Malaysia’s governing coalition which has been in power since independence in 1957 has suffered a blow to its hegemony in the latest elections. In the federal legislature, opposition parties more than quadrupled in representation – from 20 in 2004 to 82. Opposition parties now govern 5 states, up from 1 in 2004.
The key cause of this seismic shift is an increasing disillusionment with the National Front coalition’s race-based policies. An article in The Economist explains:
Many Chinese Malaysians have tolerated the New Economic Policy (NEP), introduced in 1971 to redistribute wealth to the poorer Malay majority, as a guarantor of communal harmony at a time when all ethnic groups were getting richer. Now even some Malay voters appear to have turned against it, seeing it as an excuse for cronyism and corruption. Some voted for the opposition, a loose alliance of three parties, which called the NEP obsolete and, on taking power in Penang, has started to dismantle it, saying its provisions will not apply to state-government contracts.
The situation faced in Malaysia has parallels with South Africa’s own politics and race-based policies. While economic empowerment of the previously oppressed is vital, the way in which it has been implemented has to a large degree been a failure.
Afrodissident wrote last year:
Half our black population lives on $1 a day or under. In 13 years of freedom, unemployment has swollen by an official 25%. The number of South Africans living in relative poverty (calculated on income) increased from 40.5 (in 1996) to the whopping 47% currently.
We continued with:
BEE is an insult to the millions of poor South Africans and their ancestors who were oppressed under apartheid and colonial rule. It is an insult because it has resulted in little more than the creation of tiny black elite and an economic system based on patronage and cronyism rather than merit and innovation.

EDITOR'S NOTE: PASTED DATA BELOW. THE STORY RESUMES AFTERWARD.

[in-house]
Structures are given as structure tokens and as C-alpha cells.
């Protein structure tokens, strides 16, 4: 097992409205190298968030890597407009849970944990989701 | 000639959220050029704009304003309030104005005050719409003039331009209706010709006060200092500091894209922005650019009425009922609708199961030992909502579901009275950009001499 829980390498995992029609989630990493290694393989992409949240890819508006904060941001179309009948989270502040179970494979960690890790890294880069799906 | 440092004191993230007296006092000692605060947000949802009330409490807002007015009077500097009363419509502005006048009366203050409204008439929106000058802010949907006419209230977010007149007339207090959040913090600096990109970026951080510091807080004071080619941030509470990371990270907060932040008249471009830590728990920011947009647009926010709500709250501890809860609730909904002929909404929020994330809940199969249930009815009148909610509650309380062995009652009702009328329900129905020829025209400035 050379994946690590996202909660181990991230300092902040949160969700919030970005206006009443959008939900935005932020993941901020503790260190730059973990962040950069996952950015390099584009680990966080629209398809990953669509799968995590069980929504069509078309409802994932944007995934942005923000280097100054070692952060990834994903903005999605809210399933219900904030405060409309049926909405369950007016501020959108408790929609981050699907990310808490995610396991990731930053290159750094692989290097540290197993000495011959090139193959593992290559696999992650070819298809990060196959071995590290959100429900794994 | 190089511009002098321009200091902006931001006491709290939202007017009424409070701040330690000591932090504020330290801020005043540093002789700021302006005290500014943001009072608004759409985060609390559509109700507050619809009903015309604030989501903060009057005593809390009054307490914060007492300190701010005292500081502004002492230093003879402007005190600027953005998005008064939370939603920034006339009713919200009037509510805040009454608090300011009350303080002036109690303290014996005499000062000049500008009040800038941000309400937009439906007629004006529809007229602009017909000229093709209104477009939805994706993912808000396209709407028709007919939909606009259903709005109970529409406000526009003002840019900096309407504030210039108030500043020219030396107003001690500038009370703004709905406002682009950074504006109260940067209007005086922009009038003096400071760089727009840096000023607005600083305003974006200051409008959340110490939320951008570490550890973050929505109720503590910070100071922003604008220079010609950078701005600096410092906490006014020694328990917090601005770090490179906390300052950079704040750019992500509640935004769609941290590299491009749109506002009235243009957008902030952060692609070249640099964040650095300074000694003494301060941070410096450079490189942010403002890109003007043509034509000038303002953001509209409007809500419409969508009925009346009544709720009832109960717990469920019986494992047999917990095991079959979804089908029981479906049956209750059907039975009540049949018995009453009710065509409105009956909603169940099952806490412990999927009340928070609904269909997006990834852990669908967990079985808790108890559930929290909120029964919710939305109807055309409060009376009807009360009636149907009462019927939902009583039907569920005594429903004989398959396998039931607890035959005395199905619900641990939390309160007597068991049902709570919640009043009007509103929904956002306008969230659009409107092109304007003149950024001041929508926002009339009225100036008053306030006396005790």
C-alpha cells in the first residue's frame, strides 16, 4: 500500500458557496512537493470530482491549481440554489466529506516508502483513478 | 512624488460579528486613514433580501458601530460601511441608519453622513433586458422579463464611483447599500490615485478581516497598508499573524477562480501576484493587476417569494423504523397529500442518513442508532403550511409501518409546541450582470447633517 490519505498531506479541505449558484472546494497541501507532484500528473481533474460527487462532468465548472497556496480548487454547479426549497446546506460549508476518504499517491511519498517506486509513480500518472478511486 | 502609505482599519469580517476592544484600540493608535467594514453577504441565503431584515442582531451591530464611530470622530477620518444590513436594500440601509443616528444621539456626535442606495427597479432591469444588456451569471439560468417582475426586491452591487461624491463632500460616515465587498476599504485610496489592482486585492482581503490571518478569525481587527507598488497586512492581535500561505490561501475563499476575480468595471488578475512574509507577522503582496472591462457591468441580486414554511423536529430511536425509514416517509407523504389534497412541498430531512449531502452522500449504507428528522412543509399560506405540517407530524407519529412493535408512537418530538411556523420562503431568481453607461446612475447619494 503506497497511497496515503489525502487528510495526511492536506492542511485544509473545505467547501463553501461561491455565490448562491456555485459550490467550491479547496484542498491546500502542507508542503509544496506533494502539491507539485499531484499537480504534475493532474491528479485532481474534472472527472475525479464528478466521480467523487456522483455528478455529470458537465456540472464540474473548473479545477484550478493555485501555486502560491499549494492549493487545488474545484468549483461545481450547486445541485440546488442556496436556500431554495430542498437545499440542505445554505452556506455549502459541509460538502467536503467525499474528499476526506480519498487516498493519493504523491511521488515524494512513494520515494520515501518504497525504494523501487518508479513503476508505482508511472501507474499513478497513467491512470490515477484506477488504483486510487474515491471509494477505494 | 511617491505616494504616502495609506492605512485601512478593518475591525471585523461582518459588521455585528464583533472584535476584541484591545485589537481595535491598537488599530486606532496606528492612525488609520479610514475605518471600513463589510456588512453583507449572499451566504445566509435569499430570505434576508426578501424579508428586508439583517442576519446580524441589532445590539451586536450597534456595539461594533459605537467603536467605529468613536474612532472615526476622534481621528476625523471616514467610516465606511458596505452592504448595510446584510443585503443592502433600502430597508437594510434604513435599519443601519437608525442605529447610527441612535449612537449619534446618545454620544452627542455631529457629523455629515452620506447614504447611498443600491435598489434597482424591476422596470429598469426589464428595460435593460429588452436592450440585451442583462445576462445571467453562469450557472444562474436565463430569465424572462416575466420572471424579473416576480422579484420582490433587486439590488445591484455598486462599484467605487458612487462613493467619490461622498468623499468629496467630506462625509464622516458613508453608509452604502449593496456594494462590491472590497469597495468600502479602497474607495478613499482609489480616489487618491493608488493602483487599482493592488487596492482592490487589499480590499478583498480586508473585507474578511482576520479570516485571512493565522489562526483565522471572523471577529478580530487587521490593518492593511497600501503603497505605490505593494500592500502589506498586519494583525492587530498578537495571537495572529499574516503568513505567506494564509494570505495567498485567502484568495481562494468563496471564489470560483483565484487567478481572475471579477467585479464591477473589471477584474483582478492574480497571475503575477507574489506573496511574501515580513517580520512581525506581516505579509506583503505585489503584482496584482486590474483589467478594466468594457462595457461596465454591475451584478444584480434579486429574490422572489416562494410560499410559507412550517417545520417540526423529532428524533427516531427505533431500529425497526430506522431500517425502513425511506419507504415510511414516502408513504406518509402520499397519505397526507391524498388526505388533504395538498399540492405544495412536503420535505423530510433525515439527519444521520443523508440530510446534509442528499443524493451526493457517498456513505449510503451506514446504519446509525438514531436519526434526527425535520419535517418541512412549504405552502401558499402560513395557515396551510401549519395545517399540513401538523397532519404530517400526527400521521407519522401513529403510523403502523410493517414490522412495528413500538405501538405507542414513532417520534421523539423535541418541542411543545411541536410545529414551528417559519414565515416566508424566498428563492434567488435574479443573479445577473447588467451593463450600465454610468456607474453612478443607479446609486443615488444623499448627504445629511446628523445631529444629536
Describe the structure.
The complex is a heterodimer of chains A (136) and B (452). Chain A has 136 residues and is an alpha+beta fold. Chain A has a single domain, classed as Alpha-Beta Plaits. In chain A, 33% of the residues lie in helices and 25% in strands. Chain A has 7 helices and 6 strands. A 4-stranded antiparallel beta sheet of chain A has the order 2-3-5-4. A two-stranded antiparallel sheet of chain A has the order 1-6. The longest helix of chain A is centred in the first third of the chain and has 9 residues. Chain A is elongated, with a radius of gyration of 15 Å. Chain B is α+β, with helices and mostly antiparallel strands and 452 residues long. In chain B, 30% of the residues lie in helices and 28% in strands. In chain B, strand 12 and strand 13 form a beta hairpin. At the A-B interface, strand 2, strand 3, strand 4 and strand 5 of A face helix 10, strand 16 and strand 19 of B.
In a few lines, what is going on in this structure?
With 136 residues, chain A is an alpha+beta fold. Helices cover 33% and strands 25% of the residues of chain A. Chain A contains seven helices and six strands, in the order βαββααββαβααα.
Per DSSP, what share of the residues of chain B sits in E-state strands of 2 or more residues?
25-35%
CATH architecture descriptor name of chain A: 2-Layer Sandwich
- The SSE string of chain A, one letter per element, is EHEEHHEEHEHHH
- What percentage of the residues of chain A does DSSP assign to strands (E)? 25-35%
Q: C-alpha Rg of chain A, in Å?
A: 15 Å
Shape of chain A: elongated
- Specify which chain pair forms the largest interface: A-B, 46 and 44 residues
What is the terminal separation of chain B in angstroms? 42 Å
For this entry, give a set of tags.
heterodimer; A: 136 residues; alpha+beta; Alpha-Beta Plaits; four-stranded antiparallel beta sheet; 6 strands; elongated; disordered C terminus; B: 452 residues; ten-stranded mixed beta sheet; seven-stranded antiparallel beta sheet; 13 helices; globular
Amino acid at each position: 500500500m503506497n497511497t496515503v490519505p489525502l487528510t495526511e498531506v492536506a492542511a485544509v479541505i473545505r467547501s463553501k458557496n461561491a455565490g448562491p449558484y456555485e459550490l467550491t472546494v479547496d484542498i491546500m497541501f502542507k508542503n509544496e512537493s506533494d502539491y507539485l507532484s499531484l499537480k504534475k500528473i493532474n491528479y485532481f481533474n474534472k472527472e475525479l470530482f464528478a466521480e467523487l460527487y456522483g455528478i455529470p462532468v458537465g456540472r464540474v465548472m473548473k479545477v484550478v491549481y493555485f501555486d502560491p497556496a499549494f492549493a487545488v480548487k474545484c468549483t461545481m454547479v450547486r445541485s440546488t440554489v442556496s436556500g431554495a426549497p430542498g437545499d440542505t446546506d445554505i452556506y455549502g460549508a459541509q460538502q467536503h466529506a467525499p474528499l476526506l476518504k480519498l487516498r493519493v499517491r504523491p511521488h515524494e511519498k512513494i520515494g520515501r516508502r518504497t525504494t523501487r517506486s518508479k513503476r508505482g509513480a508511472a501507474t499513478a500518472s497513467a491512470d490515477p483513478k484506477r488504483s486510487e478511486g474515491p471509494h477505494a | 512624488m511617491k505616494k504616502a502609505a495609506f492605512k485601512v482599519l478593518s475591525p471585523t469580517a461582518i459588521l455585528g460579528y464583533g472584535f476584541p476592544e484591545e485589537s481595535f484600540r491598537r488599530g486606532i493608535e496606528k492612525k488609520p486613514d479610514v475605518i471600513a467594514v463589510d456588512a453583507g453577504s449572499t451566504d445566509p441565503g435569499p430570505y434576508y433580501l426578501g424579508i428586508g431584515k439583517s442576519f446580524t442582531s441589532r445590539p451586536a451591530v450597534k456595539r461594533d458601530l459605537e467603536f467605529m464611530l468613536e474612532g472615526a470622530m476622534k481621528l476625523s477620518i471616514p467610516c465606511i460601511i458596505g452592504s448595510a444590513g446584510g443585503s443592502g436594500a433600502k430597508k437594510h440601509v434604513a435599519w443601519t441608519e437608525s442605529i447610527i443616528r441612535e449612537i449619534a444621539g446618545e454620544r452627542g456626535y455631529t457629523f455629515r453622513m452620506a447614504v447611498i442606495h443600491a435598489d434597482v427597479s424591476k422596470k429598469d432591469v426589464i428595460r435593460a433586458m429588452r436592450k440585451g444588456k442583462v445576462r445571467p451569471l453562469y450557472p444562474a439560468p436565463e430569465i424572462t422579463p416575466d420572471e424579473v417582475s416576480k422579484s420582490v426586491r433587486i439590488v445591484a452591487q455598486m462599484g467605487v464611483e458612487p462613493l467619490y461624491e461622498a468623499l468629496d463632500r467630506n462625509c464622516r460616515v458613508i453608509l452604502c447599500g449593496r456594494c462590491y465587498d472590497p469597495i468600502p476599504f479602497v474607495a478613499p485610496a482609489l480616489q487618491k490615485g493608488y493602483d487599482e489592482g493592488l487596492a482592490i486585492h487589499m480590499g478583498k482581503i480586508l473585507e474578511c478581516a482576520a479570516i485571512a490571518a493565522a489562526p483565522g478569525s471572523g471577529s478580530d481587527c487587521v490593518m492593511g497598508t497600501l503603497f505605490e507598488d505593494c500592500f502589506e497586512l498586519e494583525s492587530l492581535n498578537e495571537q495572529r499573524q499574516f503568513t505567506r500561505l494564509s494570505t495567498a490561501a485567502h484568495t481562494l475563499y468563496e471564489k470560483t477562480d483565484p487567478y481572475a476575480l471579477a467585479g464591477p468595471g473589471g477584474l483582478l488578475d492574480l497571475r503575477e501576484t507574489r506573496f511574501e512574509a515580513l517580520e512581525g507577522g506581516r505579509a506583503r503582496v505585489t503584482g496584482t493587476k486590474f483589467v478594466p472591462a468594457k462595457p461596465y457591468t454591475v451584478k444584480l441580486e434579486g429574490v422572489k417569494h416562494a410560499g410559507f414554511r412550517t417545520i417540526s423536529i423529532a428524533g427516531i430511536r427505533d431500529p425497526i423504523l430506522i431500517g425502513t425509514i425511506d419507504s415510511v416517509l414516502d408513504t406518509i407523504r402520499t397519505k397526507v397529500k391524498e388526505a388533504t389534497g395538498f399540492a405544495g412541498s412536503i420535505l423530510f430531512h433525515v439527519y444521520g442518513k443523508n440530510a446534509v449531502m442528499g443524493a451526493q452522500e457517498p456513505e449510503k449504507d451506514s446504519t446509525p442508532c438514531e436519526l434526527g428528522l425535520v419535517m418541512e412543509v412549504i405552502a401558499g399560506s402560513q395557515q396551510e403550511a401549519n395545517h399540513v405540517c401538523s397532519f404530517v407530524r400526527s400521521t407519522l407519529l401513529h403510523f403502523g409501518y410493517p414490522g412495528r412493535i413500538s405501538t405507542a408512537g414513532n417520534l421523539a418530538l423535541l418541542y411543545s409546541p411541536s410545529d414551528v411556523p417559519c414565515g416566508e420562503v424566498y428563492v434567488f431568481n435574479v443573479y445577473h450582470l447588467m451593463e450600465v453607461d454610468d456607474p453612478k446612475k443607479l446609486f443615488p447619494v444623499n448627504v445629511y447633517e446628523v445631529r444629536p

Moeletsi Mbeki, the president’s brother, says: “BEE looks deceptively like a form of reparation. The reality, however, is very different. BEE is a formula for co-opting – and perhaps even corrupting – ANC leaders by enriching them as private individuals.”
From Malaysia’s history it is clear that SA is not the only country where ethnically-based policies inevitably lead to self-enrichment and patronage. What I sincerely hope for is that this will lead to disillusionment with the party who perpetuates these divisive and ineffectual policies – just as it has done so in Malaysia.
True empowerment is not one black woman being on the boards of 71 companies (Danisa Baloyi – before Fidentia hit the fan). It it is not ANC funding fronts being awarded massive deals from state parastatals.
For the impoverished to receive true socioeconomic emancipation we need to create an equal and open opportunity society where an education system can provide much needed skills and catalyse innovation.
We need loads of scholarships (especially for teachers and other sectors facing personnel shortages). We need academies for promising pupils (perhaps modelled on Oprah’s school). We need small business resource and skills development hubs in the townships and rural areas.
As long as the ANC remains in power in its current form, BEE and other racially-based policies will continue. They will persist because they are a useful mechanism to plunder resources for the personal gain of a politically-favoured few. One day other parties will eventually pose a significant challenge to that at the ballot box. But who knows when that will be. Let’s hope it doesn’t take 50 years – like it did in Malaysia. South Africa – and especially its poor – deserves much better than that.